The global spread of the coronavirus is disrupting travel. Stay up to date on the science behind the outbreak>>

Frequent flyer: Ryanair's new hand luggage rules

With Ryanair changing its hand luggage rules and other airlines cracking down on baggage allowances, is this the beginning of the end for free carry-on luggage?

By David Whitley
Published 8 Apr 2019, 23:53 BST, Updated 15 Jul 2021, 12:02 BST
Ryanair passengers boarding

Could Ryanair's new rules be a game-changer for travelling with hand luggage?

Photograph by Getty Images

So what exactly has Ryanair done?
It's changed its baggage policy. From now on, if you've not paid for priority boarding you'll only be allowed to bring a small carry-on bag on board that will fit under the seat. Anything bigger — especially wheelie cases — will have to be checked in at the airport. Plans to charge for checking those bigger bags in were dropped after adverse public reaction.

Why has it done this?
Mainly because there are too many people trying to bring too much baggage into the cabin and this impacts the economics of aviation. Generally, the less baggage a plane is carrying, the cheaper it is to fly. Less weight means lower fuel costs, and that's before you get to staffing and handling costs. So airlines want to encourage people to fly with less. The current system of tagging hand luggage and putting it in the hold has led to delays on the ground, as staff have to load it onto the plane. Whether the new policy simply switches the delays to the check-in desk — which Ryanair's business model has previously sought to keep passengers away from — remains to be seen.

Would charging passengers for carry-on luggage help?
Probably not, because the moment taking carry-on bags becomes an unavoidable charge, the price will have to be factored into the advertised price of the flight, making it look more expensive. And passengers really, really like cheap-sounding flights.

So what's the future, then?
If airlines want to encourage people to turn up at the airport with less luggage, then they need to change tack. For example, Air Canada and Westjet have bumped up their checked bag fees for this reason, and Tigerair Australia is trialling a new tag system to ensure all cabin bags have been weighed and size-checked. 

But is this increasingly complex set of rules for different bags going to put passengers off? 
The airlines hope not. Either way, it's likely that an array of baggage charges will be played with by airlines — with the type of bag allowed in the cabin getting smaller each time, and charges for bags checked in depending on size and weight. The war on wheelie cases is just the beginning.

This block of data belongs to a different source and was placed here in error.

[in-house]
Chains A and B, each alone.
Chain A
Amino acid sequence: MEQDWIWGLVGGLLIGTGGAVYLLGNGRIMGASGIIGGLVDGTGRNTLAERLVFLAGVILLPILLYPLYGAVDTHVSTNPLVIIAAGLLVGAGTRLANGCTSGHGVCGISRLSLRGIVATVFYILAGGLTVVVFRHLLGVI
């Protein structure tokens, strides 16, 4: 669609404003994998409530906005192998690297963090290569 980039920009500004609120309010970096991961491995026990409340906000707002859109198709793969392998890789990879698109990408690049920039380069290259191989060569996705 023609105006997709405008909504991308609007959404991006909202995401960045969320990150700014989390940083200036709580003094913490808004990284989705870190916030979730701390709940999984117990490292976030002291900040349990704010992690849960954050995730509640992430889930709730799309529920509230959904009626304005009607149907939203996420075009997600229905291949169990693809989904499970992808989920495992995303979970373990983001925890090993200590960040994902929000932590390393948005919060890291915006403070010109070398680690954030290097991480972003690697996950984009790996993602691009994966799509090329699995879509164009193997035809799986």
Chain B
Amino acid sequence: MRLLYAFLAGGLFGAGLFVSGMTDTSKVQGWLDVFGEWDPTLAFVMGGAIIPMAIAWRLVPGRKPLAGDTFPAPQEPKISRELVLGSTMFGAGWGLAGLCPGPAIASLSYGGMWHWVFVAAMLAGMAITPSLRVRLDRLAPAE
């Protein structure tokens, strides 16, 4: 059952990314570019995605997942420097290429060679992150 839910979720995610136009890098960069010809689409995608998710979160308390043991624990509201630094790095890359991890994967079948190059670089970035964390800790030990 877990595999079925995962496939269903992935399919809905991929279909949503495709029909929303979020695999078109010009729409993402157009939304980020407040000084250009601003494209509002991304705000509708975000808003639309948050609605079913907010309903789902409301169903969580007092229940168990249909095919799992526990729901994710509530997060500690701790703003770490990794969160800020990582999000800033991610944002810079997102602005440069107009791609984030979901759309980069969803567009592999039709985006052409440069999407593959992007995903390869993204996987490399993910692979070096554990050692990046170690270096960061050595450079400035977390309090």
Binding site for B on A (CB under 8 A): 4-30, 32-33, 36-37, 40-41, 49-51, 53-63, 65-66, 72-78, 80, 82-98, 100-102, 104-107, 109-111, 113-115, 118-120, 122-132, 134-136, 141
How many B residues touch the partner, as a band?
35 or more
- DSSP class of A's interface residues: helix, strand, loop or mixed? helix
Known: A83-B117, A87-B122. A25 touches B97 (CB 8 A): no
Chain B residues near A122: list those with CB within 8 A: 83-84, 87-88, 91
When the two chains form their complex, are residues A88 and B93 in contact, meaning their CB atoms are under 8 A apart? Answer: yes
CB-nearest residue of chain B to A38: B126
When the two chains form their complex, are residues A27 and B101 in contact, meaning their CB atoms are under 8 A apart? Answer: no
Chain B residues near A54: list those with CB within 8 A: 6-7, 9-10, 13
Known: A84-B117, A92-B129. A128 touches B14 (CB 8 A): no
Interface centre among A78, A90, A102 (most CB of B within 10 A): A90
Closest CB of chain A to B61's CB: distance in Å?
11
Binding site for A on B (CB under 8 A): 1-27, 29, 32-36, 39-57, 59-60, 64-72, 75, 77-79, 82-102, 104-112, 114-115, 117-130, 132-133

Cabin baggage policies
What can you take on for free?

Flybe (10kg)
1 cabin bag* (max 55 x 35 x 20cm, including wheels and handles)
1 personal bag* (no set size)

British Airways (23kg)
1 cabin bag (max 56 x 45 x 25cm) 
1 personal bag (max 40 x 30 x 15cm)

Easyjet (no limit)
1 cabin bag (max 56 x 45 x 25cm). Space for 70 bags on board; the rest will be checked in for free

Jet2 (10kg)
1 cabin bag (max 56 x 45 x 25cm)
1 personal bag (only allowed at staff discretion)

Virgin Atlantic (10kg)
1 cabin bag (max 56 x 36 x 23cm)
1 personal bag

Tui (5 or 7kg)
1 cabin bag (max 55 x 40 x 20cm)

Ryanair (10kg)
1 cabin bag (max 55 x 40 x 20cm). This will be tagged at the gate and put in the hold unless the passenger has paid for priority boarding)
1 personal bag (max 35 x 20 x 20cm)

*Personal bag = fits under the seat
*Cabin bag = fits in the overhead locker

Follow @mrdavidwhitley

Published in the November 2018 issue of National Geographic Traveller (UK)

Read More

You might also like

National Geographic Traveller Reader Awards 2022
Will the conflict in Ukraine impact travel plans?
The scandal of 'ghost flights': are empty planes haunting our skies?
Is this the end of short-haul flights? How sustainability is shaping the future of air travel
Why you should fly with Singapore Airlines

Explore Nat Geo

  • Animals
  • Environment
  • History & Culture
  • Science
  • Travel
  • Photography
  • Space
  • Adventure
  • Video

About us


  • Magazines
  • Newsletter
  • Disney+

Follow us

Copyright © 1996-2015 National Geographic Society. Copyright © 2015-2021 National Geographic Partners, LLC. All rights reserved